It’s been long, too long indeed. I have been back to Uganda for almost two months and it has been a bit hard for me. However hard change is, it is good and we must embrace it.
First, Old memories versus the current situation. Most of my friends have sort of moved on, which is sad for me. I did not expect them to freeze their lives just because I was away for a year but it has been extremely hard to find that in the time I was gone, people got engaged, married and some even have children with new life plans altogether. (But quick side note: how have I been single for a long time and people meet other people and get engaged within a year?)
Anyway, am extremely happy for all my dear ones but it’s like I travelled back to the past expecting to find things as they were only find people left me for the future in a time machine. But I finally got to meet my niece, Zoe, who was delivered in my absence and she is precious ❤
Second, Food and weather. I always have “tummy issues” every time I change my food palette, am sure my stomach is always sighing “make up your mind woman!” But now everything is back to normal. When I left Johannesburg, it was quite cold as it was winter but when I landed at Entebbe…Jesus!! I was wearing a winter coat, turtle neck, boots and a sweater, safe to say I was extremely overdressed. Both my flights had been delayed, I got home at 11 pm, sweaty with loads of luggage from my 9 months in SA, I was pissed and tired..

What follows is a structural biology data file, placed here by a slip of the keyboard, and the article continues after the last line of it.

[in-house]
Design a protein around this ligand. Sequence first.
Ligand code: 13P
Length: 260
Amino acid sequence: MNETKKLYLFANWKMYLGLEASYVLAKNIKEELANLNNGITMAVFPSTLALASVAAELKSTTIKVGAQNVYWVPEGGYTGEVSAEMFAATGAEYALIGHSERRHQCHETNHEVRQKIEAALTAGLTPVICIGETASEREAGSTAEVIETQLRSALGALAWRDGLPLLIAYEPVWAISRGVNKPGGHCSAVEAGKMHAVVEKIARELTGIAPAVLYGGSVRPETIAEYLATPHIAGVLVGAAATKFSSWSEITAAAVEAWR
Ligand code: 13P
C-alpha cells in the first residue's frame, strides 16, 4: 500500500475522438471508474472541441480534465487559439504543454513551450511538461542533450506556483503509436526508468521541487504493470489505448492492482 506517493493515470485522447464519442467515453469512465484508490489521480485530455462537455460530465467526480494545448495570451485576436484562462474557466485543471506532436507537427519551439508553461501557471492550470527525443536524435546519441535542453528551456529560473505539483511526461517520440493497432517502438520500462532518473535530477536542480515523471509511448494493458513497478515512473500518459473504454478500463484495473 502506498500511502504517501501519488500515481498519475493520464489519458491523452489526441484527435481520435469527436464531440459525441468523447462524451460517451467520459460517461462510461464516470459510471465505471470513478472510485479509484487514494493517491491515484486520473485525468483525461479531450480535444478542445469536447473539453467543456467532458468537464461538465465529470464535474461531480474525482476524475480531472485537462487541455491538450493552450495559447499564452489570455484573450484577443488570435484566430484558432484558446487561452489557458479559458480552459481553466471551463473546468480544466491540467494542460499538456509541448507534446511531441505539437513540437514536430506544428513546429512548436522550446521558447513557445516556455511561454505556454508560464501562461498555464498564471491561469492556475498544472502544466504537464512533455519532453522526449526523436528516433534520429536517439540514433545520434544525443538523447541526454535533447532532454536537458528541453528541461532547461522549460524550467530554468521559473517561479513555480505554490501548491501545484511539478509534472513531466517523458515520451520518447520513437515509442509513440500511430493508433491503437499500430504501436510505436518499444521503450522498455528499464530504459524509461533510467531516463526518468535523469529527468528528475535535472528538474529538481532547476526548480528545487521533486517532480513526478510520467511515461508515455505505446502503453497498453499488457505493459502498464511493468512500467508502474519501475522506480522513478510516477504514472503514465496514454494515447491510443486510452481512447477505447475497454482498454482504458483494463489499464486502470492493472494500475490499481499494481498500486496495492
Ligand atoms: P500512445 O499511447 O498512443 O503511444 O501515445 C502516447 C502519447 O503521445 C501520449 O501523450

Third, My limited patience towards racial issues in this country. Before I left the country, I was for a lack of better words, “not bothered” by issues of race. Am Ugandan, I never had to think of this or even how to define it because it is who I am. After travelling to New York City, I quickly settled into the role of being “African”.
South Africa was honestly a bit harder for me, I experienced xenophobia in different forms. Sometimes, it was subtle, other times it was the full on mean and rude. Questions of “where you from, why are you taking our opportunities and when do you leave” became a thing of the day.. Never any physical violence towards me though, bless the Lord!
There was a bit if racism too and it was honestly annoying. I lived in SA longer than I did in New York and over time learnt not to take any of the comments to heart, they were hurtful but I was not going to let how other people felt about someone’s black skin ruin my shopping..or my time there so like most things, I let go.
After being back, my eyes have been open to so many things that I didn’t care about in Uganda. Like how some people will think you are cooler because you hung out with white people or how European beauty standards still prevail “You are hot if you have fake hair extensions, the kinky hair looks utterly dirty and messy” and how the black people at certain embassies are rude to fellow country men but for some reason the white people who work there are more polite?! (different topic but still…who trains them to be so?) and bunch of other stuff which is really disturbing but am still figuring out how to diplomatically write about them on my very public blog…
Let’s just say that I have become “more socially aware” since I travelled and came back home, I now have zero tolerance and minimal patience for anything that insinuates racial superiority of one race over another in my home country. I will quickly admit to Uganda having a lot of tribalism, it’s like an internal version of racism and it disgusts me.
“Why are you so angry Esther?” my friends ask
“Because nothing hurts like being treated like a degenerate because of the colour of your skin, and for some, not even realising that you are treated so”
End of Rant.
Image source: Clarke Sanders